‘Our sanctions are working’ Putin’s economy crumbles as Liz Truss hails British power

Liz Truss calls for a 'tough new wave of sanctions' against Russia

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It comes as Russia has defaulted on its foreign debt as the Kremlin offered bondholders payments in Rubles rather than US dollars, according to credit ratings agency S&P. S&P said in a note on Friday that Russia attempted to pay in Rubles for two dollar-denominated bonds.

This is likely to be a selective default, according to the agency, as investors are unlikely to be able to convert the Rubles into “dollars equivalent to the originally due amounts”.

UK Foreign Secretary Liz Truss commented on the unfolding situation to her 216 thousand Twitter followers: “Our unprecedented package of sanctions is working.”

According to S&P, a selective default occurs when a company or country has defaulted on a specific obligation but not its entire debt.

Russia now has a grace period of 30 days which started on April 4 to make the payments but S&P argue that it is unlikely they will be paid in dollars due to Western sanctions.

According to the agency, the sanctions undermine Russia’s “willingness and technical abilities to honour the terms and conditions” of its obligations.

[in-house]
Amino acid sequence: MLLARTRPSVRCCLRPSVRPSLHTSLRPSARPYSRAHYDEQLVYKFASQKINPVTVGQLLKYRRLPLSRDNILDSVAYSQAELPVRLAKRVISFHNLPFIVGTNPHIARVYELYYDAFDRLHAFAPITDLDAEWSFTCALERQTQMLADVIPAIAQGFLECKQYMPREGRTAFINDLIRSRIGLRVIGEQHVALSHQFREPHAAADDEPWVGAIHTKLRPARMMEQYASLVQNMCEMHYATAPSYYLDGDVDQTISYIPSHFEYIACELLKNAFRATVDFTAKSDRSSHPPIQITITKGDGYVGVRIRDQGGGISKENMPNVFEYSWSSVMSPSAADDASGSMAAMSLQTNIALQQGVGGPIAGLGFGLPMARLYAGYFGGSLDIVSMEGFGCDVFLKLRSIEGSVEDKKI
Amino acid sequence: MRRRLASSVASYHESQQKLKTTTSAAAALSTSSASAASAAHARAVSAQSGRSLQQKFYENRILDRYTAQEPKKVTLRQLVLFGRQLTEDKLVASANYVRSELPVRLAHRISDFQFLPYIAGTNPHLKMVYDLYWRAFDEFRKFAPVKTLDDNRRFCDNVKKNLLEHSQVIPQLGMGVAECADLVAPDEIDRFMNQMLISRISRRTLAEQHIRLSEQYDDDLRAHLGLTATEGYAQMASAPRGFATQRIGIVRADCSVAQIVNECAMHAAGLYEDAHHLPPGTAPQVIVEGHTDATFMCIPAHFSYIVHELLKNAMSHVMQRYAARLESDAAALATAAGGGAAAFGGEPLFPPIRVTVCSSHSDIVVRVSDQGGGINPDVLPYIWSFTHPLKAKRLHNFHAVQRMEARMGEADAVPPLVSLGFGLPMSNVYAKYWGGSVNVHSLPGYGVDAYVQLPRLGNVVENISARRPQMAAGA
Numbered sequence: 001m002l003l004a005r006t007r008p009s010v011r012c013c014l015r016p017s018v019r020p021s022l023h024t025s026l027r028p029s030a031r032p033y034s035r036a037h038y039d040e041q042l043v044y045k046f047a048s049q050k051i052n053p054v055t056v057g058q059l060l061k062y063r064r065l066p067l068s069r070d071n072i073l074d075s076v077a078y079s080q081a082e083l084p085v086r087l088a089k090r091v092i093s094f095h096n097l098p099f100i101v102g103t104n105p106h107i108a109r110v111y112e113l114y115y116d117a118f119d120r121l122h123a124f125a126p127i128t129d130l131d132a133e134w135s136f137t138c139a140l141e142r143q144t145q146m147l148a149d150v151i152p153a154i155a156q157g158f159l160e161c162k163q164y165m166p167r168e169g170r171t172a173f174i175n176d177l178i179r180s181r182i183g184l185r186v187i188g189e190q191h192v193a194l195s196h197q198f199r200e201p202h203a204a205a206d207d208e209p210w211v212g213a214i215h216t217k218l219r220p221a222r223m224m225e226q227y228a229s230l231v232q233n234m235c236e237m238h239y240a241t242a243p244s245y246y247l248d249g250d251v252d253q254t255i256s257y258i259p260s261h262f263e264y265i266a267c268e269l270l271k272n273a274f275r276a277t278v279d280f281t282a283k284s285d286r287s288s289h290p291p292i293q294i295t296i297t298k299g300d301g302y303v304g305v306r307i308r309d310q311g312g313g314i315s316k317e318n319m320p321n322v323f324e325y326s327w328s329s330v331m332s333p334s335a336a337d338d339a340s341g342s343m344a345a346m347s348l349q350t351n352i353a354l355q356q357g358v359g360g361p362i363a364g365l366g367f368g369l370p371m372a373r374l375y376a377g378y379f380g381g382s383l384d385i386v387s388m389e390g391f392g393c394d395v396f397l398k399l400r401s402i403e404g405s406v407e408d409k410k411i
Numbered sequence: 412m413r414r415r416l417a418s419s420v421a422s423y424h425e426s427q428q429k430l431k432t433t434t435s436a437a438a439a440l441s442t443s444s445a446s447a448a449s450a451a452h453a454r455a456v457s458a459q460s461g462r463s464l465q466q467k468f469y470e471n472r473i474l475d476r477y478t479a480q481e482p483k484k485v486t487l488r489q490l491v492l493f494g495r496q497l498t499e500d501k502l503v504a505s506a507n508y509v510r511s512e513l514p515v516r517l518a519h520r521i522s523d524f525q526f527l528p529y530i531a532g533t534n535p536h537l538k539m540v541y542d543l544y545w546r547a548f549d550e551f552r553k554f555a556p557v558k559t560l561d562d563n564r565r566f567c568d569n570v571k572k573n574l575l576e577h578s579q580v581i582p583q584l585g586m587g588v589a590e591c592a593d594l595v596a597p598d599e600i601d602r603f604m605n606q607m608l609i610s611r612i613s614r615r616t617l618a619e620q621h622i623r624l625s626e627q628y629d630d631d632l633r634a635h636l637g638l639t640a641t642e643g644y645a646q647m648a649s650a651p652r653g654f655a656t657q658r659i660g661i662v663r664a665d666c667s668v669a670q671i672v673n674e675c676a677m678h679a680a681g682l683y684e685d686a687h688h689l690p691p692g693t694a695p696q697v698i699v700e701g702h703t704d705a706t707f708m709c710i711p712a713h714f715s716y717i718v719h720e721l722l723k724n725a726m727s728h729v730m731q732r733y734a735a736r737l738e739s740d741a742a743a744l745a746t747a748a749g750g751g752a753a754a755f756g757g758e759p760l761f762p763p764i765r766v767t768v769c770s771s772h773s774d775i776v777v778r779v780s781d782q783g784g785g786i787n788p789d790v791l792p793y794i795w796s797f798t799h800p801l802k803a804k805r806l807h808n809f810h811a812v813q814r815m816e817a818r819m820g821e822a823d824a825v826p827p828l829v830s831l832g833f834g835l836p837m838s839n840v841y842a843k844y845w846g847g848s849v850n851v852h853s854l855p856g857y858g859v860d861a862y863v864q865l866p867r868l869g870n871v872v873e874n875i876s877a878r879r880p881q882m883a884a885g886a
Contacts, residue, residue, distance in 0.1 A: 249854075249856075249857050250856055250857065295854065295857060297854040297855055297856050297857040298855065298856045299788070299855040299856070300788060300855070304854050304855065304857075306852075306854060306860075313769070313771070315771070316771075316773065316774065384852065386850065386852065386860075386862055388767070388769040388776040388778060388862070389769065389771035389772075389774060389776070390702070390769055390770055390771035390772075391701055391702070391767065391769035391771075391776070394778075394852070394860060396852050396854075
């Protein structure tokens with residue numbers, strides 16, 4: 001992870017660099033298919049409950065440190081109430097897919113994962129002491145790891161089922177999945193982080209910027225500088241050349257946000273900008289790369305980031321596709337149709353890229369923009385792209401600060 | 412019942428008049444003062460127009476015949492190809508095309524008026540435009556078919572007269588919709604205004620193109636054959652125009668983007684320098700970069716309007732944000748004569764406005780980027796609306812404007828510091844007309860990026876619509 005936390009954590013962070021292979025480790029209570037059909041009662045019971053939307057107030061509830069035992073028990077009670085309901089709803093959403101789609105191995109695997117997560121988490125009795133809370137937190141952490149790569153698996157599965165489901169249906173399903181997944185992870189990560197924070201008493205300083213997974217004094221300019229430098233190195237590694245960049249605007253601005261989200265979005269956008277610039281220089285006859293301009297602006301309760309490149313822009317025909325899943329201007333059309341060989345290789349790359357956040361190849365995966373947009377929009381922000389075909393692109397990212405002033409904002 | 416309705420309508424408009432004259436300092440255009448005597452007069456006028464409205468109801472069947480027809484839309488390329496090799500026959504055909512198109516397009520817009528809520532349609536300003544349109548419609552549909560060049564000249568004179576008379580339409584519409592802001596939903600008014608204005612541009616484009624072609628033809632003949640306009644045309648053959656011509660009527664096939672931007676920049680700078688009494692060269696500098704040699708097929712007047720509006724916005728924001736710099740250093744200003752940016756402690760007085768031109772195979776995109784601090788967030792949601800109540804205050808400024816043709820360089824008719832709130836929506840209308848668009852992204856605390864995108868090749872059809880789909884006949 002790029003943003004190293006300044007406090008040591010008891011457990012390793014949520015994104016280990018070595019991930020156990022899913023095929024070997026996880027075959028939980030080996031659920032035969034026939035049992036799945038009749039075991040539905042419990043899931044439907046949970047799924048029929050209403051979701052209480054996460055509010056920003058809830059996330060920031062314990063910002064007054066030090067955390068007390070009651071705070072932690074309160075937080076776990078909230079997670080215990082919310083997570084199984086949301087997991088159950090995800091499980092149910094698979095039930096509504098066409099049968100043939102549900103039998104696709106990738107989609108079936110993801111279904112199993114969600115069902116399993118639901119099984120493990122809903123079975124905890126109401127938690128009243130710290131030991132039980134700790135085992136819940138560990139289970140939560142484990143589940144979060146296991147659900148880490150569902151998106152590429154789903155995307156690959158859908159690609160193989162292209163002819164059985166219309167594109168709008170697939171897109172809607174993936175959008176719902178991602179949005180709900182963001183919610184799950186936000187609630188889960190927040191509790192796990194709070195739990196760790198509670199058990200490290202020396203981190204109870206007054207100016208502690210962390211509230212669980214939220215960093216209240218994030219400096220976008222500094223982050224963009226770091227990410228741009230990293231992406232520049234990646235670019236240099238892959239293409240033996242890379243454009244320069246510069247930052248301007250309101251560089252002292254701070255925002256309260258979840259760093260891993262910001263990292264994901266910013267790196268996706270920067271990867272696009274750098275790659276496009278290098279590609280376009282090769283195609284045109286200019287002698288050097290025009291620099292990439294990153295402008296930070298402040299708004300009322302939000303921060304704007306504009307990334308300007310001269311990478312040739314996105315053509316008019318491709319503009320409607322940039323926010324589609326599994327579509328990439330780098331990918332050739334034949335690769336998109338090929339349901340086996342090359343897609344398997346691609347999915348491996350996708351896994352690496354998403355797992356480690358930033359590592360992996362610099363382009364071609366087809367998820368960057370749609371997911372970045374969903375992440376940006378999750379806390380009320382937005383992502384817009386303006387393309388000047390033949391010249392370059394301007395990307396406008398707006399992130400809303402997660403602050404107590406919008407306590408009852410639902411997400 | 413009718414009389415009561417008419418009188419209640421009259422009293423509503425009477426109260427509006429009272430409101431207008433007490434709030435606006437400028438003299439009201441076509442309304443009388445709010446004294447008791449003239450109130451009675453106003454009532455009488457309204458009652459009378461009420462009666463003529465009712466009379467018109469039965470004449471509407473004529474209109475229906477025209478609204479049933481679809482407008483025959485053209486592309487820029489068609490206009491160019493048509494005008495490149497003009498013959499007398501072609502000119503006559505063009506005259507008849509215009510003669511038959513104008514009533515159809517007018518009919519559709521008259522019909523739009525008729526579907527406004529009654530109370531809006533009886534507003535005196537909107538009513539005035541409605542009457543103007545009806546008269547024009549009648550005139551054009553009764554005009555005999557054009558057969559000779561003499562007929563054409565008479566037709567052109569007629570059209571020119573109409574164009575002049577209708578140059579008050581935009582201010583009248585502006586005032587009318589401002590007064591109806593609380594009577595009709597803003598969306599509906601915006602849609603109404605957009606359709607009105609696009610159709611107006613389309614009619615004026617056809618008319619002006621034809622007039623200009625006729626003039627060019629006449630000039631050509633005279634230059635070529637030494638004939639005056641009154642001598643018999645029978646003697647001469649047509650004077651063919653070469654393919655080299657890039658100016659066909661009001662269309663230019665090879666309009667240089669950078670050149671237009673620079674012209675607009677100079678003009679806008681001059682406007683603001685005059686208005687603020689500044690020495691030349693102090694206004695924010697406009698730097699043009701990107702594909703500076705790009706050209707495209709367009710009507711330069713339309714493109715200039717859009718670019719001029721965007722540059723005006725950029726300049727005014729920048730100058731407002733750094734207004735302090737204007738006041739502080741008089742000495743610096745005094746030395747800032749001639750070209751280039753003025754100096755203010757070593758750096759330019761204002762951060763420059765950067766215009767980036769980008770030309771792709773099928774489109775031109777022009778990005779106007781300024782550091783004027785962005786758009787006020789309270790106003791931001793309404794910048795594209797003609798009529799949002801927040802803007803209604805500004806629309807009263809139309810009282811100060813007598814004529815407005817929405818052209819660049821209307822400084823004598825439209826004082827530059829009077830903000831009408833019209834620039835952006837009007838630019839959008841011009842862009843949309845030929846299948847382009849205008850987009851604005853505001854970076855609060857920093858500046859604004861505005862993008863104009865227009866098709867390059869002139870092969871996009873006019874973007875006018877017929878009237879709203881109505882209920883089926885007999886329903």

A full foreign currency default would be Russia’s first in more than a century since shortly after the 1917 Bolshevik revolution.

Russia is currently unable to access $315 billion of its foreign currency reserves due to Western sanctions following the invasion of Ukraine.

Until last week the US allowed Russia to use some of its frozen assets to pay back investors in dollars. 

However, the US Treasury has since blocked Moscow from accessing its reserves in American banks.

Russian Finance Minister Anton Siluanov told Russian newspaper Izvestia on Monday that the Kremlin was preparing legal action on the matter.

He said: “We will sue, because we undertook all necessary action so that investors would receive their payments.

“We will show the court proof of our payments, to confirm our efforts to pay in Rubles, just as we did in foreign currency. It won’t be a simple process.” 

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Kremlin spokesman Dmitry Peskov said in a press conference last week that any default would be “artificial” because Russia has the dollars to pay investors but is prevented from accessing them.

He said: “There are no grounds for a real default. Not even close.”

Moscow has artificially propped up the Ruble after it fell 40 percent in value following the invasion.

Measures include increasing interest rates by 20 percent and insisting that exporters swap most of their foreign currency revenues for Rubles.

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